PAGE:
Collateralisation, currency and fair market value. The collateralisation element cannot possibly be interpreted in the manner in which you want it to be interpreted, insofar as it explicitly says "in which a security interest in the form of currency is placed in a transactional account". It is specifically currency and it is specifically in a transaction account. A house is not currency. A house cannot be put in a transaction account.

    Capital requirements. The specific figure is different between jurisdictions. There are also different capital requirements between jurisdictions and different conceptions of what that capital is. The composition of the capital reserve is not a matter without merit. The abstraction of all of those matters to committee doesn't in fact give clarification, because the committee is not empowered to make those assessments, rather, it is directed to enforce the regulations. The GA consensus is (this isn't debatable) that the law does what the law says, and there does not seem to exist any sort secondary legislative authority granted by the proposal.

    Basel. Comparisons to Basel are unapt, insofar as Basel deals with risk-weighted assets and not deposits themselves. Moreover, there are different kinds of deposits (e.g. Core and not core, like brokered) which are treated by the banks and regulators differently. The percentages may be similar, but the numerator and denominator's composition, meaning, and interpretation are substantially different.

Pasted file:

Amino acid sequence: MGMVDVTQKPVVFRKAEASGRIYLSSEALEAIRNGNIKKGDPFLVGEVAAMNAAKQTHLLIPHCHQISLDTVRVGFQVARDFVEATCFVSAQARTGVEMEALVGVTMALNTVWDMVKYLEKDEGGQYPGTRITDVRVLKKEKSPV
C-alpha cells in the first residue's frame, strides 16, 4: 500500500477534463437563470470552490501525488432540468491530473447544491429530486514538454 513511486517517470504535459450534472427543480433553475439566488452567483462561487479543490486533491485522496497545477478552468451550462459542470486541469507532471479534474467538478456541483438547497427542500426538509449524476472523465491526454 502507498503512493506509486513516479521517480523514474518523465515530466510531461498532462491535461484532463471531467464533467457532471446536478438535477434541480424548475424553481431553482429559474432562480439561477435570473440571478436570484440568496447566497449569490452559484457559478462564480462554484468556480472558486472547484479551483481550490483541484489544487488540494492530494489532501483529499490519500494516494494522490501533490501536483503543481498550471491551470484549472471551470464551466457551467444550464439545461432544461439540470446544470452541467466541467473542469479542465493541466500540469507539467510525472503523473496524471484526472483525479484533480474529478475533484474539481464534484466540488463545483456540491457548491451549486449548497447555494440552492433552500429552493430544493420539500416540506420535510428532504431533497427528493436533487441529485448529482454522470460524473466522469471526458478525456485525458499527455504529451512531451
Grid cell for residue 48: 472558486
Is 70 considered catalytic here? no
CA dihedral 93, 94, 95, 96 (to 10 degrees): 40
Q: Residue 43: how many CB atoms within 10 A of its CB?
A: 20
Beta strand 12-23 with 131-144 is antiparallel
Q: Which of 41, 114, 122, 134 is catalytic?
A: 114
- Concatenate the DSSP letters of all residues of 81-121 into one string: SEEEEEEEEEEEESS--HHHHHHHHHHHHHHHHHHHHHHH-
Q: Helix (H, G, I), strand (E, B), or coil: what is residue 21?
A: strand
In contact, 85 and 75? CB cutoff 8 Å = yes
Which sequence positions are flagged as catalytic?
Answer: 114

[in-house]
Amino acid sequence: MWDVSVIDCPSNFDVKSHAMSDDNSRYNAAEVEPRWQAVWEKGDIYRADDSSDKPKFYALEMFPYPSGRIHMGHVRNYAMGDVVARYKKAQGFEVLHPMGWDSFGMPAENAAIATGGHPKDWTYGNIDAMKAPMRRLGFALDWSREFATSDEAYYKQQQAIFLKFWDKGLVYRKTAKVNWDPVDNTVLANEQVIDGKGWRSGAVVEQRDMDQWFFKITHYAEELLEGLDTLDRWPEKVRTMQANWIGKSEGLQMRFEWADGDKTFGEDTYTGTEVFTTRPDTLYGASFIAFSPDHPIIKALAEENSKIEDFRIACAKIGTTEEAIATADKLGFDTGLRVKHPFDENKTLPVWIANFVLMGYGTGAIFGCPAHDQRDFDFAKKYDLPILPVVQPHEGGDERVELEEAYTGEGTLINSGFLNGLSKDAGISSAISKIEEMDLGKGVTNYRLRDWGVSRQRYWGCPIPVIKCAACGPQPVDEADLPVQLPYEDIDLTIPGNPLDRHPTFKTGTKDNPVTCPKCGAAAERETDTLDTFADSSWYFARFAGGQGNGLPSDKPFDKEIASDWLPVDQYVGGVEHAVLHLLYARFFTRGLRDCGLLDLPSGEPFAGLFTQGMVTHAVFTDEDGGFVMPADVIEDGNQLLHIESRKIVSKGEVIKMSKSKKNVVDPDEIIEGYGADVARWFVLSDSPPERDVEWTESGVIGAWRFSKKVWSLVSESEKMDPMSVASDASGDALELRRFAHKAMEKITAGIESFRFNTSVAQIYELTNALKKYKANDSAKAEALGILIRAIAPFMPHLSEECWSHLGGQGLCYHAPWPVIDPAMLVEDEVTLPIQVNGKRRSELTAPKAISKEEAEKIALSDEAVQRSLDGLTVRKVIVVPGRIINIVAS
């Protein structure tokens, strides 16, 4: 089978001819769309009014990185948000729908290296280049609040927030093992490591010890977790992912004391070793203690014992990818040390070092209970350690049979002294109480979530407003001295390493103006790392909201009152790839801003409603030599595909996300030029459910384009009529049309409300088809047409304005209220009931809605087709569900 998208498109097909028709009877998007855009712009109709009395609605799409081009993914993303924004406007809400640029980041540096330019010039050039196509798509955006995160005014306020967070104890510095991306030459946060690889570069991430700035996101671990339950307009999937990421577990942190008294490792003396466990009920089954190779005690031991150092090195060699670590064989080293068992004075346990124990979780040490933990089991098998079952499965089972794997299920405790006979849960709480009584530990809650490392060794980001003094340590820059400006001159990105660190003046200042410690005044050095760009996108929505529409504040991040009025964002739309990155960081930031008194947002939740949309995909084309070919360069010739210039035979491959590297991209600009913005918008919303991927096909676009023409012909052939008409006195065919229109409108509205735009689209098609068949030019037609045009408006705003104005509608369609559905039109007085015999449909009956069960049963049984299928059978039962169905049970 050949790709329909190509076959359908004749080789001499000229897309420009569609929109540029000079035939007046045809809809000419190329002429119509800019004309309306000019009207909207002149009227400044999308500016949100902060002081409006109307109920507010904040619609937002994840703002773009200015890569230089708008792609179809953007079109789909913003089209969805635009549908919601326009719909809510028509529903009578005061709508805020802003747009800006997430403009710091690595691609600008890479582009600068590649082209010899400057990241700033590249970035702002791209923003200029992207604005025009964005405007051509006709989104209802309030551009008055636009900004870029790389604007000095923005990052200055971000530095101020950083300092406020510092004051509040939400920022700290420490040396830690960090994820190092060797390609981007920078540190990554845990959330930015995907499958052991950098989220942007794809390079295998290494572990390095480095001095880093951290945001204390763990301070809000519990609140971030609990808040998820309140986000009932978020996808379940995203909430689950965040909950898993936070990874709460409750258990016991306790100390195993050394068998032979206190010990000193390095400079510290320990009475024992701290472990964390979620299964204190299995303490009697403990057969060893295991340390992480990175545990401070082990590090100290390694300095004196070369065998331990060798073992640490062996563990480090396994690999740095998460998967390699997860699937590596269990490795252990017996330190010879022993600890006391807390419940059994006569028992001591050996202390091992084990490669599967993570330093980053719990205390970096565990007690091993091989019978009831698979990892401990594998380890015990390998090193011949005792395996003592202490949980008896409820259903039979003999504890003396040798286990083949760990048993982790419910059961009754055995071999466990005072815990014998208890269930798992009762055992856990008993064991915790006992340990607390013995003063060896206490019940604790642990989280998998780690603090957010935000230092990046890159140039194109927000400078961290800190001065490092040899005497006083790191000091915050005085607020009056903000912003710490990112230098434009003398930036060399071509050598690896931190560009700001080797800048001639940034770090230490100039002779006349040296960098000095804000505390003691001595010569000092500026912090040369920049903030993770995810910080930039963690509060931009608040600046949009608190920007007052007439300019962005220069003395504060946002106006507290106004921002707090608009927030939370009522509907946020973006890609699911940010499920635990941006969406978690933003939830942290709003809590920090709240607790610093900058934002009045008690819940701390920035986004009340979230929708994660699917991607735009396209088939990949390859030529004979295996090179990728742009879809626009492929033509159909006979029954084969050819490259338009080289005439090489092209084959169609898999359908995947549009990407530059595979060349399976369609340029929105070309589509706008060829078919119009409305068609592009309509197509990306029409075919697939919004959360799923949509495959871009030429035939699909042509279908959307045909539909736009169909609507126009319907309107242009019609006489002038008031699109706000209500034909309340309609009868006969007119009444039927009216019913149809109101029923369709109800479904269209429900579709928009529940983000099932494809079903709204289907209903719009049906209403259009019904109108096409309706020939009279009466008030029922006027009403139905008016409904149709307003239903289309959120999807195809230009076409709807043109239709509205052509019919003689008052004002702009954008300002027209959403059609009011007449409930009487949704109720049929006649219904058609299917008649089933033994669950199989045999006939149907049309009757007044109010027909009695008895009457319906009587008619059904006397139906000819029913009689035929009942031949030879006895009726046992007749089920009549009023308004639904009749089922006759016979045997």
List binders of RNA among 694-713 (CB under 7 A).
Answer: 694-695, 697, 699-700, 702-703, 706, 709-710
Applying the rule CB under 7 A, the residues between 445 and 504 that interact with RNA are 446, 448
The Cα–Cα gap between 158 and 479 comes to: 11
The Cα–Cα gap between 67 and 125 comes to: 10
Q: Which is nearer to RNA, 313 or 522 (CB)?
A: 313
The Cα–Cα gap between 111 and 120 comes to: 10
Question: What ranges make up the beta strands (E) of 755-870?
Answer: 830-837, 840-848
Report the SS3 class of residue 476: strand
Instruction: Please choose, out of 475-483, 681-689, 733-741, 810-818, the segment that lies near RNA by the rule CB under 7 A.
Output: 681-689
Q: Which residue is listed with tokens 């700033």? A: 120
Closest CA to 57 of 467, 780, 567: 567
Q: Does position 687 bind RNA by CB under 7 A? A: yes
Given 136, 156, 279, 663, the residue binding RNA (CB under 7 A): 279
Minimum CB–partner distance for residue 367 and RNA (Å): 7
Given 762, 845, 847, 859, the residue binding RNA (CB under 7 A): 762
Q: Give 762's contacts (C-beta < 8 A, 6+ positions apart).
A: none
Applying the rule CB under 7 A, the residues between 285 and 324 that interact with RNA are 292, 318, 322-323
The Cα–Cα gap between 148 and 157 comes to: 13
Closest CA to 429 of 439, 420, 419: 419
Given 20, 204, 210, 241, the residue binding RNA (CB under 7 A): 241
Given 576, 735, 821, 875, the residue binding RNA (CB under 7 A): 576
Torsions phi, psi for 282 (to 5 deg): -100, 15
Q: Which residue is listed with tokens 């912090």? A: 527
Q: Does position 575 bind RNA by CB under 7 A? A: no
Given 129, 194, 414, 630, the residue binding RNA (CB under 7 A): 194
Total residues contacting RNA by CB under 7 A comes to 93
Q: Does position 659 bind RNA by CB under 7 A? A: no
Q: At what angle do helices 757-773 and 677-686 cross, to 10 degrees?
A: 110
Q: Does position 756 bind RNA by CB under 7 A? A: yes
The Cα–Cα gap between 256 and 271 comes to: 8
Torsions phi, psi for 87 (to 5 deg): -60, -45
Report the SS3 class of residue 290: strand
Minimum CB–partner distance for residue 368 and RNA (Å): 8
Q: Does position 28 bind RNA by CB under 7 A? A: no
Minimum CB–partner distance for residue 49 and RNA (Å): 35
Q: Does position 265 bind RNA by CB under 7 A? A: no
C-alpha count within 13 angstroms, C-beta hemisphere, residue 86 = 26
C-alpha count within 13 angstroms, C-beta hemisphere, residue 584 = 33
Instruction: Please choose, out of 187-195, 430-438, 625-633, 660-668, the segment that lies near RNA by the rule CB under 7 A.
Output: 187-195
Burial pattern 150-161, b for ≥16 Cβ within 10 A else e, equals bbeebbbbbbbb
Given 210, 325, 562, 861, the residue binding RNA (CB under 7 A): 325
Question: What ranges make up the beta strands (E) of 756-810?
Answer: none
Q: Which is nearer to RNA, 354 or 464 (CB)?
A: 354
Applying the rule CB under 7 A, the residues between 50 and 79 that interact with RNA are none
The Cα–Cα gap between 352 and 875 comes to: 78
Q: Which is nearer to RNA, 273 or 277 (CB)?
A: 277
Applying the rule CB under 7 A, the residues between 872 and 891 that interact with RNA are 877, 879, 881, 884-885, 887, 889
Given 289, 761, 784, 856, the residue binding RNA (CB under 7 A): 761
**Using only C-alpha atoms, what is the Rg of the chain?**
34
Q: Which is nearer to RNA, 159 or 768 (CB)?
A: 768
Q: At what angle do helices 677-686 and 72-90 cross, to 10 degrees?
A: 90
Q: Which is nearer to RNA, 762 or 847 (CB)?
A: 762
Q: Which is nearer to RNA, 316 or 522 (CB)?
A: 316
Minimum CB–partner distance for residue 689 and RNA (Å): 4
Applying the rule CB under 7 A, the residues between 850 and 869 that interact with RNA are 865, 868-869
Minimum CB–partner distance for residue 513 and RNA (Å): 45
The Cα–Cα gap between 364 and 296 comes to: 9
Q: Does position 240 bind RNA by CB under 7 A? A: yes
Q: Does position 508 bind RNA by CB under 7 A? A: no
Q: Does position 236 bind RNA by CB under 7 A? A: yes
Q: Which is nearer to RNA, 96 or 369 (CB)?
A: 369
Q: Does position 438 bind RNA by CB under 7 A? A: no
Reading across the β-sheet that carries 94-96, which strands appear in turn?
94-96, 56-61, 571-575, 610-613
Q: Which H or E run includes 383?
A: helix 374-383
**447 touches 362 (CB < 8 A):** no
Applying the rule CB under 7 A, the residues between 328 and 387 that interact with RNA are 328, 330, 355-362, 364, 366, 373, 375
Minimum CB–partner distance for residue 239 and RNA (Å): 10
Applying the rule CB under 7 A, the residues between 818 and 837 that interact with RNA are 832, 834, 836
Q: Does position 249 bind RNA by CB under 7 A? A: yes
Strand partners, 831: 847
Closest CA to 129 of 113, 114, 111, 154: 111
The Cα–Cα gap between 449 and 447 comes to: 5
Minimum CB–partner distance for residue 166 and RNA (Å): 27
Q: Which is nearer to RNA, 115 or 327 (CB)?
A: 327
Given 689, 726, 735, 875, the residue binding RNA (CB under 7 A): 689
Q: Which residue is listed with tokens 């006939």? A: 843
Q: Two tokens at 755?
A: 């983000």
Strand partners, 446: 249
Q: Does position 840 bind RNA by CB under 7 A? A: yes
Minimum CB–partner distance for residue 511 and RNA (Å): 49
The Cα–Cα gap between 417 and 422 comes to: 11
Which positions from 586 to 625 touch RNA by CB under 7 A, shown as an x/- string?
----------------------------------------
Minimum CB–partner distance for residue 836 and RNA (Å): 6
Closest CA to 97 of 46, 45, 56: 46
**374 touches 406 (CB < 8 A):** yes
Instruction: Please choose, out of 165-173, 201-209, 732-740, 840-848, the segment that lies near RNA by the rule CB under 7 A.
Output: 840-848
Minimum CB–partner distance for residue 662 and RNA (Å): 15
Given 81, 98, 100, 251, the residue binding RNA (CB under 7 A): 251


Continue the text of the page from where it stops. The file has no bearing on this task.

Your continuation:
Monetary policy. Your comment here:

    Absolutely not, if the goal is tougher regulation on institutions, to mitigate them taking on unnecessary risk and placing people and economies in jeopardy. This is the best part of this resolution. It doesn't bend the rules to enable those who choose to fly closer to the sun, it puts the emphasis on preventing them doing so - leveling the playing field for the financial security of all, and a sober return to well-regulated, commodities-based financial models.
    doesn't coincide with how banks work. Higher capital requirements make banks safer. I asked whether or not higher capital requirements ought be required in countries which have more fragile depository sectors. If you want to make them safer, increase the capital requirements. I'm not sure whether I'm interpreting your statement correctly, but it seems to me to imply that your believe that raising those requirements will make depository institutions less safe. That's wrong.

    If you want to limit the size of the amplitude of business cycle shocks, you want more effective monetary and fiscal stabilisers. Reducing the scope of monetary stabilisers has the opposite effect and makes life worse in the short run for society writ large. I'm not sure where you're coming with this, because the warrants you give are all ones which have to do with alleviating economic downturns, but you use them to justify a policy (floors on reserve ratios) that would make them worse.

    Secondly, on to Lusane's remarks.